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The little we know of God…

November 17, 2006

We must be prepared to find that the last step of our relationship with God is an act of pure adoration, face to face with a mystery into which we cannot enter.

We grow into the knowledge of God gradually from year to year until the end of our life and we will continue to do so through all eternity, without coming to a point when we shall be able to say that now we know all that is knowable of God. This process of the gradual discovery of God leads us at every moment to stand with our past experience behind us and the mystery of God knowable and still unknown before us.

The little we know of God makes it difficult for us to learn more, because the more cannot simply be added to the little, since every meeting brings such a change of perspective that what was known before becomes almost untrue in the light of what is known later.

Creative Prayer: Daily Readings with Metropolitan Anthony of Sourozh (London, UK: Darton, Longman and Todd Ltd, 1987) p. 60.

The longer I am alive, the more I realize that I know so little about God. I am growing to realize that’s okay. I am coming to accept that life is about a gradual discovery of God, who is mystery. Don’t confuse me with those Christians who have God all figured out. But I am trying to stay on the way.

Jason Campbell, on staff at Trinity Vineyard in Atlanta, writes a wonderful piece on what it means to be human. The Christian truth makes a startling claim in today’s world. The pinnacle of human life is not self-actualization–the autonomous individual living life, pursuing dreams, defining reality as one sees it through the subjective lens of experience. No, this is not the fullness of life that Jesus reveals. The fullness of life is only experienced in communion with others through union with God. It is only in relationship that I can even know the mystery that is personhood–who I am. I may hear God speak, reveal, uncover who I am in private ways, but it will always be sifted in the context of relationships with others. And my experience has been that it is through others, often in unspoken ways, that I come to know who I am…and the reality of God.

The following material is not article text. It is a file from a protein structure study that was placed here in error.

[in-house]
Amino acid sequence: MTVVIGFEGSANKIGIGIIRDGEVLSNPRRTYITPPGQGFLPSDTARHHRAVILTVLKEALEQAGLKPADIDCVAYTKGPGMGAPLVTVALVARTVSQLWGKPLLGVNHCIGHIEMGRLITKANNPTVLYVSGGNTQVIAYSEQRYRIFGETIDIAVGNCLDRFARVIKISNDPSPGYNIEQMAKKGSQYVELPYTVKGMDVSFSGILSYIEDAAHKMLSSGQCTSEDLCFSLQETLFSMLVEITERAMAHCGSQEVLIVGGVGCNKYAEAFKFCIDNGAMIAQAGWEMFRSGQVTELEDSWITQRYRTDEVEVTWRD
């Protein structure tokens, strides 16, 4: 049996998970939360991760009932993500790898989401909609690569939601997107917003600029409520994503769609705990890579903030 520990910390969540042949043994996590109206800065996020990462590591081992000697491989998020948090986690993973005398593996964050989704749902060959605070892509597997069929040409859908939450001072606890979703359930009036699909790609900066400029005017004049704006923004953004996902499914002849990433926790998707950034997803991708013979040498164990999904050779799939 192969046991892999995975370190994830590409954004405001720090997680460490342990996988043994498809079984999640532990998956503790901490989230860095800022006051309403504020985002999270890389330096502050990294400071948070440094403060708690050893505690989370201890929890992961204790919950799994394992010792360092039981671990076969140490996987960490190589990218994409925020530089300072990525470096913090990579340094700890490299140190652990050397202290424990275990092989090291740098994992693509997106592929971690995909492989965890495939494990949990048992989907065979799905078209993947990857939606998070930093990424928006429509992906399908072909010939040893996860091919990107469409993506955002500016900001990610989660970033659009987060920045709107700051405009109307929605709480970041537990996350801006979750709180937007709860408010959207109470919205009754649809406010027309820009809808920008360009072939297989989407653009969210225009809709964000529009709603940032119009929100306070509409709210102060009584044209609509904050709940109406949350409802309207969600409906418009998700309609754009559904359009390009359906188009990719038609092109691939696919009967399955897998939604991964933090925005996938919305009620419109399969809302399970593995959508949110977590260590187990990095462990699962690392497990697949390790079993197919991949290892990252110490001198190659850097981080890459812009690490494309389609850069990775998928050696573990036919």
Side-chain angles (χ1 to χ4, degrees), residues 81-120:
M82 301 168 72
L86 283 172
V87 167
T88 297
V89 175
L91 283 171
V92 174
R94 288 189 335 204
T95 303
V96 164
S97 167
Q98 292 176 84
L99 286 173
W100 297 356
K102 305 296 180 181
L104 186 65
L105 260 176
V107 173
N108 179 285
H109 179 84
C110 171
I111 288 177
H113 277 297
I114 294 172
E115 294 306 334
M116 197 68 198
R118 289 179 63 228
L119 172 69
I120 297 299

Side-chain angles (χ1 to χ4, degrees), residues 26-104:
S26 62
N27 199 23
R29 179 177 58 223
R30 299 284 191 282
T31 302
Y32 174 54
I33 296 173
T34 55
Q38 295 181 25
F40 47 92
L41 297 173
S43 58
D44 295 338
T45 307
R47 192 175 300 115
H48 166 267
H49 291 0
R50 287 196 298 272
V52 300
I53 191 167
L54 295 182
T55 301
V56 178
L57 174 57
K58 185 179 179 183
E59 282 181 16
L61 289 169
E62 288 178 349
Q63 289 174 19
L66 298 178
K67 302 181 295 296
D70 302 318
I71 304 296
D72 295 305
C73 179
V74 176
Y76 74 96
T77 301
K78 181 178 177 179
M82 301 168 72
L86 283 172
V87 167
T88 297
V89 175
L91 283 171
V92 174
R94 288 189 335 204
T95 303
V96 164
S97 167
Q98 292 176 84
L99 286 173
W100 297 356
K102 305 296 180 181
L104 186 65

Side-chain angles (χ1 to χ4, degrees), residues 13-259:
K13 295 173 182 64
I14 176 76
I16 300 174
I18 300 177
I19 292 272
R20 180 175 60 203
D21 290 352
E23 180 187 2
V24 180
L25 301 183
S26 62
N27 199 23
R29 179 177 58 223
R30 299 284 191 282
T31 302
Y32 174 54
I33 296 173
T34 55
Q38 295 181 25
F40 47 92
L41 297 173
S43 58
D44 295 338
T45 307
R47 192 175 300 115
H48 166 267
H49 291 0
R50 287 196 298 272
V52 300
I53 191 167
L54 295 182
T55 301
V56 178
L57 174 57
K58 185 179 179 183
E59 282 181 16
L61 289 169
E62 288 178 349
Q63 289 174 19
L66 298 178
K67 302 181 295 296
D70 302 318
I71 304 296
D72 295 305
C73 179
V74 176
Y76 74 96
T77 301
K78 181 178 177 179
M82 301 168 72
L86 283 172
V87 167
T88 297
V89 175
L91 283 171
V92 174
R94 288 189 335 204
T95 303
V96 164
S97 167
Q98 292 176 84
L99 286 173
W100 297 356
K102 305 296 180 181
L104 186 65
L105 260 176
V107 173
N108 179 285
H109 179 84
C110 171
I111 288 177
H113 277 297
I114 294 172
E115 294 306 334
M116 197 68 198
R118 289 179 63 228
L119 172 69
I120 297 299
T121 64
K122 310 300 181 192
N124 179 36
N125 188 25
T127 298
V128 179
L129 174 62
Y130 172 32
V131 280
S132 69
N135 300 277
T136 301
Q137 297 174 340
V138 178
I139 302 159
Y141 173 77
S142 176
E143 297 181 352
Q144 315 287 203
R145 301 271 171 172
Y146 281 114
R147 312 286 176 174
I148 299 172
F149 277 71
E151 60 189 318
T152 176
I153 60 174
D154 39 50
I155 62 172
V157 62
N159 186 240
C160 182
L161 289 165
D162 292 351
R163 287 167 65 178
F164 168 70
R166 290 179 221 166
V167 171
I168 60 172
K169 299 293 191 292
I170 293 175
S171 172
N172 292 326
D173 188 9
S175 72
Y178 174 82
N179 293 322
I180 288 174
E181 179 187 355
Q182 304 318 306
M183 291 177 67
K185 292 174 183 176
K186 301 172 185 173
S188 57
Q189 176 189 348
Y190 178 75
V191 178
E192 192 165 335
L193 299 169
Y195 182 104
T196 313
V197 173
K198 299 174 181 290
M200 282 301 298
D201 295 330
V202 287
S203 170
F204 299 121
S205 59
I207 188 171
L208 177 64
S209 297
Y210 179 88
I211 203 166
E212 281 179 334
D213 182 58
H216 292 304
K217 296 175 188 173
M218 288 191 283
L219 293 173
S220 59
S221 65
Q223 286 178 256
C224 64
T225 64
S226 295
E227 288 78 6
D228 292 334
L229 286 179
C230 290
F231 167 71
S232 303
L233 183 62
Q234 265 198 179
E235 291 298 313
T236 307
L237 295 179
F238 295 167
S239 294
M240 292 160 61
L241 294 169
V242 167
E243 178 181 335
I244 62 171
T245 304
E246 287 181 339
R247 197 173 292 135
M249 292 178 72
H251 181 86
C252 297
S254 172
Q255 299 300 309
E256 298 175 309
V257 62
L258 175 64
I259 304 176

We see this communion as the ground of being present in the Trinity–Father, Son, and Holy Spirit in the eternal communion of love and goodness. We enter into our humaness more fully, not by becoming more independent, but by dying to self.

How hard it is to let go of the little we know, to embrace the more, the deeper. The post-modern response to the certainty of modernity has often taken the form of nihilism. The response of Christians has often been to dig in with an apologetic of certainty based on rationalism. Yet what we know about God is not even captured by the meager resources of human reason.

So the Christian worldview begins with the confession that the Word (the Truth) is not just an ontological category to name God, but a person, Jesus who bridges the gap between the transcendent God and the limitations of time, place and humanness. God embraces our humanness and makes it possible for communion with God and with our fellow human beings. The little I know about God begins with a confession that is beyond words. It is a yearning deep in my being. A yearning for God, to embrace God, to know and be known. And to be freed up from my pathos, my pain, my psychotic ways of coping with life and avoiding reality.

This is the truth that cannot be contained by doctrinal formulas, although they are a shadow of the reality. We live in the shadows and look forward to the day when all tears will be wiped away. And we wait patiently. Patiently. Not growing weary of doing good. Living with hope in the midst of questions–but not denying the questions. Not neurotic, just affirming the goodness of God amidst the pathos of the human story. Rejecting the neurotic compulsions of culture that emerge out of our human impulse to cover up our pain and shame.